By Barbie Porter


The Frazee City Council took the moral high ground and agreed to pay for half the cost of damage done to a city home when the sewer backed up.

Susan and James Jaroszewski live on Lake Street. They explained the city’s sewer line was blocked. The blockage caused a sewage back-up in their basement. The damage included sheetrock, carpet and so forth.

The sewer and water pipes in that section of town, along Lake Street, are scheduled to be replaced this year when the State Highway 87 reconstruct project begins.

The insurance company was called, but the Jaroszewskis learned they did not have sewage back up coverage.

From a legality standpoint on the city’s behalf, the city attorney explained the law states a city must do regular checkups. It was noted the city of Frazee does system checks yearly.

Councilman Mark Flemmer recapped the potential outcomes. He noted the council could refuse helping the resident pay for damages and there could be a court hearing. Or, the council could consider its moral obligation and make it right. 

“Is a once a year check enough?”

Mark Flemmer, Frazee City Councilman on city sewer checkups

Frazee City Administrator added jetting should take place every three to four years, according the Minnesota League of Cities. The last jetting in that section of town was done July 21, 2020.

Flemmer questioned, if the city would set a precedence if it were to provide financial assistance due to the sewage back up?

The city attorney stated he didn’t see setting a precedence as an issue, as there are specific factors that led to the incident.

The council approved providing the Jaroszewski with $7,500 for repairs. It was noted the attorney would also draw up an agreement releasing the city from any future claims regarding the issue.

Eagle Lake Park may not go to highest bidder

Selling property to the highest bidder means more money in the city coffers, but the council may buck the practice when it comes to selling Eagle Lake Park.

The city council has reviewed considerations for using the park as a four-unit seasonal campground and selling the property, with funds going to improving Town Lake Beach or other parks in city limits. 

Eagle Lake Park is about three miles west of town that is 4.5 acres and 185 feet of frontage on Eagle Lake. There are  structures, such as a 16-square-foot shed built in 1990, an asphalt road, 4-foot tall wood fencing stretching 178 lineal feet that was installed in 2009 and two 400-square-foot picnic shelters, both built in 1900.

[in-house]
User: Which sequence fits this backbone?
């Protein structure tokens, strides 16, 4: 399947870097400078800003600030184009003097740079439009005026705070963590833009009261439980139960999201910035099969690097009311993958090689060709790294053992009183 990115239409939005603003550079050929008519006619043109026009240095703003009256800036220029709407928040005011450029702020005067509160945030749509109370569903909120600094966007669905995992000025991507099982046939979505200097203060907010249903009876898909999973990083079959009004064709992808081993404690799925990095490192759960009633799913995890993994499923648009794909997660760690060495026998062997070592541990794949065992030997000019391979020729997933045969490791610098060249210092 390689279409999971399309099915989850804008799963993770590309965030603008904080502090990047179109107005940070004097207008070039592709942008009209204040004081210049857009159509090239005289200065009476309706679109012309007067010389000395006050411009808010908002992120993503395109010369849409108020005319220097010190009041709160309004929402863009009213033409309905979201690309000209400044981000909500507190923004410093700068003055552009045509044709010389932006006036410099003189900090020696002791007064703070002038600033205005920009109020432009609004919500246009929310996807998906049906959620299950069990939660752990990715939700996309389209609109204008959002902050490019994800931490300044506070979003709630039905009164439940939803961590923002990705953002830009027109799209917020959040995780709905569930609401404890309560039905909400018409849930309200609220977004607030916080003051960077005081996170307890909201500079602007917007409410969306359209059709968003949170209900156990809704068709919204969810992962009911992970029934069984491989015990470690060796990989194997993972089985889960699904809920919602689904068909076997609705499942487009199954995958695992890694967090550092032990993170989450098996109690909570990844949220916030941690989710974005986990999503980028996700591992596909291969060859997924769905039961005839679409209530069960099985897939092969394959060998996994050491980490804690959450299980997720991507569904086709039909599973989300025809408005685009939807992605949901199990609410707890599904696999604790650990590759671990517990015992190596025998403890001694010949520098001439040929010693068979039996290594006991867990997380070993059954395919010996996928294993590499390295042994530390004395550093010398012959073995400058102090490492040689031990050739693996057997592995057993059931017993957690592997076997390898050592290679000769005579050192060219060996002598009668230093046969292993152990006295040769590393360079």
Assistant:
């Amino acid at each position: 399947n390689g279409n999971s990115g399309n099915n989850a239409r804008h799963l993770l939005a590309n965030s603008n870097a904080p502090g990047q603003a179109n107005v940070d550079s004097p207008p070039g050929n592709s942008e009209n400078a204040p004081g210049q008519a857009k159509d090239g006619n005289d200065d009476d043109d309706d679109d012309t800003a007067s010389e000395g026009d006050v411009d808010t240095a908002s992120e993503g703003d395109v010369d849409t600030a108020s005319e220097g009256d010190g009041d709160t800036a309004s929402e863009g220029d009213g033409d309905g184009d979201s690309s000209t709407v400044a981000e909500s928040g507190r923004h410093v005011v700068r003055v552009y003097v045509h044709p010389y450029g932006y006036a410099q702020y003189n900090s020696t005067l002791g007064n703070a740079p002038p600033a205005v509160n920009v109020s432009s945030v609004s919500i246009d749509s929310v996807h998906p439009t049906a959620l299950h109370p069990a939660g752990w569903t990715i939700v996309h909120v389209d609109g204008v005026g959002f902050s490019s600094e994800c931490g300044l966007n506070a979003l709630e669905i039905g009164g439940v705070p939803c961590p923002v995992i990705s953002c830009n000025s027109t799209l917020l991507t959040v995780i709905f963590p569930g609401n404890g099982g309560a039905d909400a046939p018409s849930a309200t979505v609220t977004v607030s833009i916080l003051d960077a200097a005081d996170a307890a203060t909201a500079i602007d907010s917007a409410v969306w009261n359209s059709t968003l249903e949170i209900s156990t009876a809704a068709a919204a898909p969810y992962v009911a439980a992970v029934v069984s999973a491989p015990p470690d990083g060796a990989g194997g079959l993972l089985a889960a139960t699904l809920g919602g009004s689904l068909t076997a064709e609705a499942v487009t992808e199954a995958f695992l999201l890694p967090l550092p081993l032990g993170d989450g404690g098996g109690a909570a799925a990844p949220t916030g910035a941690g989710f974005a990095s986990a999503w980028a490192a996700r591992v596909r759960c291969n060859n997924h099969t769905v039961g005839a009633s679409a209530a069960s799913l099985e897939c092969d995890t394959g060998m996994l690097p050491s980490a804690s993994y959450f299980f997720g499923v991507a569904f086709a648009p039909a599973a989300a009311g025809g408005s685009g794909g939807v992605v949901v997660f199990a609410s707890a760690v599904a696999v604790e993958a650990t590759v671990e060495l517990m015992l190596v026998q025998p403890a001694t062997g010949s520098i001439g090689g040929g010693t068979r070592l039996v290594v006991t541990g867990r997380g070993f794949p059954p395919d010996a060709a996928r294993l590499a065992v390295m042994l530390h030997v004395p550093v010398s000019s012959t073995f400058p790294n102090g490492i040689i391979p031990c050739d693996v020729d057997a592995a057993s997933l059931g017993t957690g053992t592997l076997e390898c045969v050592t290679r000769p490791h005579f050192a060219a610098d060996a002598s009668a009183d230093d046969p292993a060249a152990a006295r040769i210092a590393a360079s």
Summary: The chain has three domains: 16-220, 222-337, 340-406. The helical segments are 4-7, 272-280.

The Becker County Parcel Information assesses the property at $150,600. 

Councilman Mike Sharp said Eagle Lake property owners indicated they wanted exclusive rights to purchasing the property.

Councilman Mark Flemmer said once the appraisal price is known, consideration could be given to sell the property. He added if the Eagle Lake property owners were to purchase it, it may mean there would be a public access maintained. He added, according to the Minnesota League of Cities, the council does not have to accept a high bid.

Sharp confirmed that to be the case with the city attorney.

Monthly department reports given

The council heard, in January, the Frazee Police Department responded to 789 calls, with 12 of them being traffic-related.

Frazee Rescue went to 27 calls in January and 14 were in city limits.

New Frazee Fire Department Chief Nathan Matejka presented to the council on the department happenings in January. He said in January there were five calls. Of the five, one was a false alarm, two were vehicle roll overs on U.S. Highway 10, one was a house fire and there was a mutual aid call to Detroit Lakes.

Matejka said the department welcomed a new probationary firefighter. On the other side of the coin, he added another member of the crew exited. 

“We’re always looking for new firefighters.”

Nathan Matejka, Frazee Fire Department Chief

Matejka stated the fire department will look to sell its oldest engine, as well as a utility/jaws truck and grass truck. He explained the oldest engine is in need of maintenance. As for the trucks, Matejka said the department will look to purchase another truck that will combine the two units. He said their goal is to sell the engine and trucks and get one replacement truck by years end.

The city utilities superintendent was not present at the meeting, as he reportedly was attending a class. Frazee City Administrator Jordin Roberts noted the water treatment plant pumped 4.58 million gallons. The wastewater plant pumped 2.6 million gallons and .31 inches of precipitation were recorded.

Welcome sign to be removed

The council discussed the Welcome to Frazee sign along Lake Street that is missing a panel.  Repairs have been done on the sign in the past. With more repairs needed, the council discussed the future of the sign. 

In the end the council seemed to agree that the sign should be removed during the State Highway 87 project work.